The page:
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Wednesday, December 06, 2023

West Leading Timberwolves Outlast Cellar Dwelling Spurs, 102-94

Minnesota defeated San Antonio 102-94 in the first game of ESPN's Wednesday night doubleheader, and the matchup can be summarized in one sentence: Winning teams find ways to win, and losing teams find ways to lose.

The Minnesota Timberwolves have the best record in the NBA, while the San Antonio Spurs have the worst record in the Western Conference and are mired in a 15 game losing streak. Although the Timberwolves have not won a playoff series since 2004, they have reached the playoffs each of the past two seasons; the Spurs have been a losing team for the past four seasons, and they spent part of that time tanking in the hope of getting the number one overall draft pick so that they could obtain Victor Wembanyama. Now they have Wembanyama and--not surprisingly--they are still a losing team. Once a team accepts losing and cultivates losing habits it is very difficult to get rid of those losing habits and that losing mentality. The numbers prove that tanking does not work, but if you understand basketball then you understand why tanking does not work: losing teams find ways to lose.

The Timberwolves shot just 36-87 (.414) from the field versus the Spurs, but they outscored the Spurs 31-23 in the fourth quarter to squeeze out the win. Mike Conley scored a team-high 18 points, Anthony Edwards added 17 points, Rudy Gobert contributed 16 points plus a game-high 20 rebounds, Naz Reid chipped in 15 points, and Karl-Anthony Towns had 14 points. Since there seems to be a statistic for everything now, it would be interesting to know how often a team's leading scorers in a game have scored 14-18 points in sequence with no duplicate numbers.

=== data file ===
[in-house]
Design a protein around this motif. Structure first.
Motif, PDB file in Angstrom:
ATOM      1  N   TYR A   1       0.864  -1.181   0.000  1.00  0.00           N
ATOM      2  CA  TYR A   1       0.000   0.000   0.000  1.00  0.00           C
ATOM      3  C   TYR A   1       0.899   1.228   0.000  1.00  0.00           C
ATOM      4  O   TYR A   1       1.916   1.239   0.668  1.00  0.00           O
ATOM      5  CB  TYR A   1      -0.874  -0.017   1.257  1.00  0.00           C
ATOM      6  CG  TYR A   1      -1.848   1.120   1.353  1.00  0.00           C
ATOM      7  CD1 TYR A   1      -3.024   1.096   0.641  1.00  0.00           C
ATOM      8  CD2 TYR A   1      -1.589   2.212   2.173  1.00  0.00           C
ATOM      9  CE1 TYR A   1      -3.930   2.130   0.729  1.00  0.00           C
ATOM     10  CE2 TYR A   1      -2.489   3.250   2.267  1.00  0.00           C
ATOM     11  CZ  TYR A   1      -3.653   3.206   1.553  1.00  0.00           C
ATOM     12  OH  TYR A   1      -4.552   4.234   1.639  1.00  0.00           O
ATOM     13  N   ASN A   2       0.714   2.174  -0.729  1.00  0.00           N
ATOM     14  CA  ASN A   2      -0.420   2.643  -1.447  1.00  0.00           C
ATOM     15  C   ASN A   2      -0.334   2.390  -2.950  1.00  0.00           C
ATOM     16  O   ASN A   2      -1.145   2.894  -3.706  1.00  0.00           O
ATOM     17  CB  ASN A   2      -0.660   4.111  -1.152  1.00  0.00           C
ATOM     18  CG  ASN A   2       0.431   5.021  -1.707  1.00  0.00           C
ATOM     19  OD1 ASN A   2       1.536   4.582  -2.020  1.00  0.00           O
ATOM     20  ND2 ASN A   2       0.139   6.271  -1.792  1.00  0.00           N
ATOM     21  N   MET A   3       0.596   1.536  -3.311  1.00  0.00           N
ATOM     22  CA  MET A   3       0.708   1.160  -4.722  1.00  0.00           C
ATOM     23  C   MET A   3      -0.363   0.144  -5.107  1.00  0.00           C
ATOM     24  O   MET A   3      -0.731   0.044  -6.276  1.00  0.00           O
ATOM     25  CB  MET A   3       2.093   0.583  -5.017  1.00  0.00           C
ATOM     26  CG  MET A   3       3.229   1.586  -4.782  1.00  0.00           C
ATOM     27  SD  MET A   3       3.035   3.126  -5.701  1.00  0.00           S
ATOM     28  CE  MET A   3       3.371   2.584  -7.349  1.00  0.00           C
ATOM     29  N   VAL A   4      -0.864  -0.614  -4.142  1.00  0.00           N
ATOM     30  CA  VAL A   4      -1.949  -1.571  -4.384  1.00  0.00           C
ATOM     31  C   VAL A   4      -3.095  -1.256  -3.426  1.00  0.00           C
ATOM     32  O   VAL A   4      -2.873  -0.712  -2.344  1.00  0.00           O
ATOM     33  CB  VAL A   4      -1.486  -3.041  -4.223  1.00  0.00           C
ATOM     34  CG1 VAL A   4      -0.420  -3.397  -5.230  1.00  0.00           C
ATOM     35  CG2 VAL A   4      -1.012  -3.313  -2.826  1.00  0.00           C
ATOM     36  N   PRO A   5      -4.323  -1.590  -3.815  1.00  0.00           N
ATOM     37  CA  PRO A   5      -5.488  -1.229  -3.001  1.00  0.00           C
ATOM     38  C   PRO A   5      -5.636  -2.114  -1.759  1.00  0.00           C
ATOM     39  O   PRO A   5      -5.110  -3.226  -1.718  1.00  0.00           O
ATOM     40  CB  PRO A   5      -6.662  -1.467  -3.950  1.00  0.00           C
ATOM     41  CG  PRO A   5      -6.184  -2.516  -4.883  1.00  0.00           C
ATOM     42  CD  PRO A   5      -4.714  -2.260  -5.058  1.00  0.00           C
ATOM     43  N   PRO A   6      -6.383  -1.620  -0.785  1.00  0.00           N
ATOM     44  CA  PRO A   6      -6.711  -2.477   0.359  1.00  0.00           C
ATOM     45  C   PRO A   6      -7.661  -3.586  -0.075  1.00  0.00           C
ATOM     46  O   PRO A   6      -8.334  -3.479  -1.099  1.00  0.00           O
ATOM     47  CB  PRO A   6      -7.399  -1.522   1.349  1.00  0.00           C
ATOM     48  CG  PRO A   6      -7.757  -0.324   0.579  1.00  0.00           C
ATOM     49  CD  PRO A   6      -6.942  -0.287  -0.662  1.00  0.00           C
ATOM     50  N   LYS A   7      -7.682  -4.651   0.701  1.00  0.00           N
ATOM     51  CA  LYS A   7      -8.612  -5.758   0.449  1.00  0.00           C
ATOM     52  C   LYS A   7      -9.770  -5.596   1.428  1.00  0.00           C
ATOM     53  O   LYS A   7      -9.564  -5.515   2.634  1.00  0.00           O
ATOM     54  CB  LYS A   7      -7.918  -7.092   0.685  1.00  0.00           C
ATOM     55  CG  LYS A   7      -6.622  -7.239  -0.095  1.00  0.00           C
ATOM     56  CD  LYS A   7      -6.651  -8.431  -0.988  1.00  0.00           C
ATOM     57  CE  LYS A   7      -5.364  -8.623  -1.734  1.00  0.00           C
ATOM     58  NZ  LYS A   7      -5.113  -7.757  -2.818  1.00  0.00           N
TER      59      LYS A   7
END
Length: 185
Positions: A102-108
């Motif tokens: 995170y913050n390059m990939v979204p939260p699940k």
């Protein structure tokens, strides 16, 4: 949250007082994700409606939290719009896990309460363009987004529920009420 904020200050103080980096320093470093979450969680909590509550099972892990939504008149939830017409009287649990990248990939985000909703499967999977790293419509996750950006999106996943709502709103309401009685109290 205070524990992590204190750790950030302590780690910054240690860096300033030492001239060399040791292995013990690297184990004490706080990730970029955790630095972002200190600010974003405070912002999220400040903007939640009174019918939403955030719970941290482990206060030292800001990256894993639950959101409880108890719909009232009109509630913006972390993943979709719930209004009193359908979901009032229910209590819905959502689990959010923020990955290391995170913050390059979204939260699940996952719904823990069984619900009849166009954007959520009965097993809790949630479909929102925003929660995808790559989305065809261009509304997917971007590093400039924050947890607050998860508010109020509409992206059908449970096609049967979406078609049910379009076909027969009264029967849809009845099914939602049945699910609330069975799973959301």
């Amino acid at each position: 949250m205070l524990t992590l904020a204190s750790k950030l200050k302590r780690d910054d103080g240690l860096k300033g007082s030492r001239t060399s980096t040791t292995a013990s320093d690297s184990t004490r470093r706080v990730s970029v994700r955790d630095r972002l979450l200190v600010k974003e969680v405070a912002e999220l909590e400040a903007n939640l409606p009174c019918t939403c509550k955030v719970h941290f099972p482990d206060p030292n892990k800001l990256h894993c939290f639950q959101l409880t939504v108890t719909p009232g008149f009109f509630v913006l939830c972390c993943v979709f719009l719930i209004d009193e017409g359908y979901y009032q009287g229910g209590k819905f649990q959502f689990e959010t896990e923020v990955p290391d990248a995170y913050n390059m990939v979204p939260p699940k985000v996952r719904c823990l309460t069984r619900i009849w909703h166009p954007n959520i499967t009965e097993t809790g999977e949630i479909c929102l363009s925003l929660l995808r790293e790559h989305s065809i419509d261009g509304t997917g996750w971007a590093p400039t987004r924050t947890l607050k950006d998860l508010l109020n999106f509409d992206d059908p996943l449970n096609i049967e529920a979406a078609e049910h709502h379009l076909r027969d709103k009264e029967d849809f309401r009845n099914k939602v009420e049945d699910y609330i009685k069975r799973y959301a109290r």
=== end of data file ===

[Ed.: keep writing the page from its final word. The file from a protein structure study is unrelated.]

Devin Vassell (22 points on 9-16 field goal shooting) and Keldon Johnson (21 points on 8-15 field goal shooting) were prolific and efficient for San Antonio, but the other Spurs combined to score 51 points on 21-70 (.300) field goal shooting. Wembanyama had 12 points on 4-13 field goal shooting, plus 10 rebounds and one blocked shot. 

As those numbers indicate, this game was hardly an instant classic (or any kind of classic); the biggest bright spot was that the great Hubie Brown provided ESPN's color commentary. It is always a special treat when Brown calls a game. I fondly recall when he did all of the big games; now, at 90 years old, he only calls games periodically, and I believe that his most recent national telecast prior to tonight's game was New York's 126-105 win versus San Antonio on November 8.

In his remarks prior to the start of tonight's game, Brown singled out the outstanding play of Edwards and Towns, who are both not only prolific scorers but also efficient shooters and good rebounders. Edwards is averaging 26.2 ppg and 5.9 ppg with shooting splits of .464/.377/.864, while Towns is averaging 22.2 ppg and 9.0 rpg with shooting splits of .503/.418/.911.